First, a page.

We propose two additional roles that can either be augmented from existing roles in the HR organization or established for a limited period to successfully implement and scale up the Talent Marketplace. The reason to introduce these roles is to be deliberate and intentional around the organization’s ambition for the Talent Marketplace. Far too often, organizations fail to take a calculated and thoughtfully considered approach to the Talent Marketplace journey. Having the proposed roles below, organizations can set up the Talent Marketplace for success at the onset.
Talent Marketplace (TM) Product Owner
The role of the TM Product Owner is to own the design, build, launch, scaling, and sustainment of the Talent Marketplace. We often see former HR technology leaders or product managers step into this role, which combines HR domain expertise with the ability to build, test, and deploy a fit-for-purpose digital platform. The TM Product Owner liaises with cross-disciplinary teams, such as IT, HR, business, and vendors to understand the strategic objectives and functional requirements for the Talent Marketplace. They are responsible for ensuring the Talent Marketplace strategy and platform solution meet the business and workforce needs. They liaise with the HR functions, such as learning and development, change and communications, and HRBPs to drive excitement and engagement from the workforce, and to generate demand during the launch, especially when releasing the platform globally. Another critical component of this role is to create and sustain policies, programs, and processes, integrating HR functional areas, such as talent acquisition, performance management, compensation, etc., to achieve the desired outcomes. Overseeing the development of educational materials is critical for the Product Owner, especially as managers begin to learn how to rethink work in the form of gigs and tasks to add to the marketplace. After launching, the TM Product Owner should also analyze usage data and user feedback in order to monitor the KPIs and success metrics, and have a continuous improvement mindset for the Talent Marketplace scale-up strategy.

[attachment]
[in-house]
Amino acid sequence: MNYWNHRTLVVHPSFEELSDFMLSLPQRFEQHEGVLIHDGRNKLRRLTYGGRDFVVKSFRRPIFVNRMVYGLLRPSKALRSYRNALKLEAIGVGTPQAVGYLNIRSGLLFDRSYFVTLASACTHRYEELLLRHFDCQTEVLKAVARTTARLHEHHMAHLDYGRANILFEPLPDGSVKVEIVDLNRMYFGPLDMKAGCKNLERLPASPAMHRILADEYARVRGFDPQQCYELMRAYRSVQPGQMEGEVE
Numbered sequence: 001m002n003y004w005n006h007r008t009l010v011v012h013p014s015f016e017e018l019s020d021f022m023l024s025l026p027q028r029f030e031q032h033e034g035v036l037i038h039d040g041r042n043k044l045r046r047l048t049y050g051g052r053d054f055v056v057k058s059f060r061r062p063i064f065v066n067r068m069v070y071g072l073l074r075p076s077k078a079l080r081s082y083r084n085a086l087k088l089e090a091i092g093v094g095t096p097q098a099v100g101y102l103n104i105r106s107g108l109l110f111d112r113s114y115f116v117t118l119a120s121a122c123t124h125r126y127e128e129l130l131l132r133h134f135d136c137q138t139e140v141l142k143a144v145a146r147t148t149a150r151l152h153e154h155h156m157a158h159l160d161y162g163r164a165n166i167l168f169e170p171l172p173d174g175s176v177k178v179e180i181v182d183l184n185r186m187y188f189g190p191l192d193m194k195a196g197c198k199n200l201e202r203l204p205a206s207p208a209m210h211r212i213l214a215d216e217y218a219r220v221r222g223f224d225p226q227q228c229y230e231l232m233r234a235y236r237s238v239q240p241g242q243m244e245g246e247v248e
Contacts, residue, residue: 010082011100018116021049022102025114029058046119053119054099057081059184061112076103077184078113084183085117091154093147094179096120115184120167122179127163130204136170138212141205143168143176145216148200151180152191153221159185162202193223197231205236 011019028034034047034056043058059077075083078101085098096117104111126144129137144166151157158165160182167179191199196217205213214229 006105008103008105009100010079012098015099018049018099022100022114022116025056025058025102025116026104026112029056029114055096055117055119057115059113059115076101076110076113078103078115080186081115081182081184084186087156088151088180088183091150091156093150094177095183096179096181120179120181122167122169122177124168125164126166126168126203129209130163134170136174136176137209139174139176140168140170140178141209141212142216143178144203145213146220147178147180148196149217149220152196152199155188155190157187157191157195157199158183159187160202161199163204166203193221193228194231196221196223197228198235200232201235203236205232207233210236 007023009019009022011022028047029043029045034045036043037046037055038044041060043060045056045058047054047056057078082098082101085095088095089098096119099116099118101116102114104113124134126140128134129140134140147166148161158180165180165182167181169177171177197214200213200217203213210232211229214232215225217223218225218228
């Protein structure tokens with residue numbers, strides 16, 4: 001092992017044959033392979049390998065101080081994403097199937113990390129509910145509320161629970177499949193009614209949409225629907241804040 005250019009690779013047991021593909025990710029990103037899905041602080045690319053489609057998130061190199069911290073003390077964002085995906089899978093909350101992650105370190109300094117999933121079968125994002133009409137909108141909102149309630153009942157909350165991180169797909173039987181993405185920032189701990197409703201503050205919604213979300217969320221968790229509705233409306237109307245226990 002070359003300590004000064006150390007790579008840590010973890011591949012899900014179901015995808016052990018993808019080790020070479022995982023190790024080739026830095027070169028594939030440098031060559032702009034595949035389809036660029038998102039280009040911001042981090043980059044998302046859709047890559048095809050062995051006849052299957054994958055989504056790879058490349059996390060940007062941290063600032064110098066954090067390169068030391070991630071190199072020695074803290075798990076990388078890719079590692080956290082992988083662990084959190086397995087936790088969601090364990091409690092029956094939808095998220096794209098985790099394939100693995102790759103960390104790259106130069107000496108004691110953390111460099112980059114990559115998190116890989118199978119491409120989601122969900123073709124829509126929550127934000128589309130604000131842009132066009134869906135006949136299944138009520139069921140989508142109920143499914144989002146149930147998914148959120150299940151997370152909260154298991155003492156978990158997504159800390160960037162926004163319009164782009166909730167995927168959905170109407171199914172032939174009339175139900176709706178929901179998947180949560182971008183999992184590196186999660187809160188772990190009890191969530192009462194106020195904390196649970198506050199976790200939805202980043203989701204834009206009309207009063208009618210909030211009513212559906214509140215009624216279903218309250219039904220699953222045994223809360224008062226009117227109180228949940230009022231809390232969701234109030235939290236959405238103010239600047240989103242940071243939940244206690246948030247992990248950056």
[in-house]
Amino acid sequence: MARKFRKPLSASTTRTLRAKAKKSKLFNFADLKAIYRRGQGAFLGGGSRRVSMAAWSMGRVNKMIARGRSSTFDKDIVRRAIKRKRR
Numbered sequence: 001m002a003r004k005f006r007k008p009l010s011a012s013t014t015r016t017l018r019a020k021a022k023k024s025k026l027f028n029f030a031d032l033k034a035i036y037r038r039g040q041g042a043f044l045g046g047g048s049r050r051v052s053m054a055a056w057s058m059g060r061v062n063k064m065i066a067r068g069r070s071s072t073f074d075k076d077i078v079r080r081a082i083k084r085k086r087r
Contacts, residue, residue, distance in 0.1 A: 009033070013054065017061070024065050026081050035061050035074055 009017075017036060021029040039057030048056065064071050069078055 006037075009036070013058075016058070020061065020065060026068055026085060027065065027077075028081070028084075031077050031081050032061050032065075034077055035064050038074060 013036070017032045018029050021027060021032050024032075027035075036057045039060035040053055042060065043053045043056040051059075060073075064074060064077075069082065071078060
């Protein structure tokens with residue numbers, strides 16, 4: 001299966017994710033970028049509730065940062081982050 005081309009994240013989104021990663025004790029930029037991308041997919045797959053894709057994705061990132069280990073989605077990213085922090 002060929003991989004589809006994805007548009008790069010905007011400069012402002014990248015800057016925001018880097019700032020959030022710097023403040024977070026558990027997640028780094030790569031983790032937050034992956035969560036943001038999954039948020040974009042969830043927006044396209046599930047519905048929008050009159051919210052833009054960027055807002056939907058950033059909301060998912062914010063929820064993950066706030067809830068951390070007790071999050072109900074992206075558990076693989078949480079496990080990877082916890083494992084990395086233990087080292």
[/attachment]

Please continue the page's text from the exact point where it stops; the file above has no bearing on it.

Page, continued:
Depending on the size of the organization and the maturity of the Talent Marketplace, this person should report to the head of talent and may operate as “single shingle” or with a team. As the organization initially sets out on the pilot and scaling process, a team of 1-3 direct reports will help manage and inform the various stakeholders while continuously monitoring adoption metrics. As the Talent Marketplace becomes more embedded in the fabric of the organization and ways of working, the organization may find there is an opportunity to slim down the team.
Talent Marketplace Experience Architect
The TM Experience Architect role is a strategic role that orchestrates collaborative effort across the businesses and HR functional areas to curate the ideal experience across the workforce ecosystem. This role might ideally be responsible for understanding the demands of the businesses and architecting the right solutions with the TM Product Owner and the workforce planning team to leverage the Talent Marketplace in supporting business demand. A key component of this role is to understand how the demand of roles, opportunities, and experiences in the marketplace relate to and are met by the supply across the workforce ecosystem and how it impacts each line of business. The TM Experience Architect role is expected to translate the Talent Marketplace vision in a tangible and meaningful way to drive the outcomes for the business and the workforce. The role sits within the workforce planning team and works very closely with the TM Product Owner.
Navigating your route to a Talent Marketplace
Like many transformations, every organization is implementing and will continue to think about the launch of a Talent Marketplace in a uniquely different way. The approach to this transformation journey should be iterative and agile, activated through a series of pilots or minimum viable products that build on each other to scale across the organization. While creating an aspirational vision is the first step in this journey, gaining buy-in through each pilot and sprint, and upholding the promise of Talent Marketplace through abundant demand and supply will ultimately lead to achieving the aspirational vision. The evolution of the HRBP role and proposed additional roles, in conjunction with thoughtful shifts in mindset, are critical in sustaining that promise.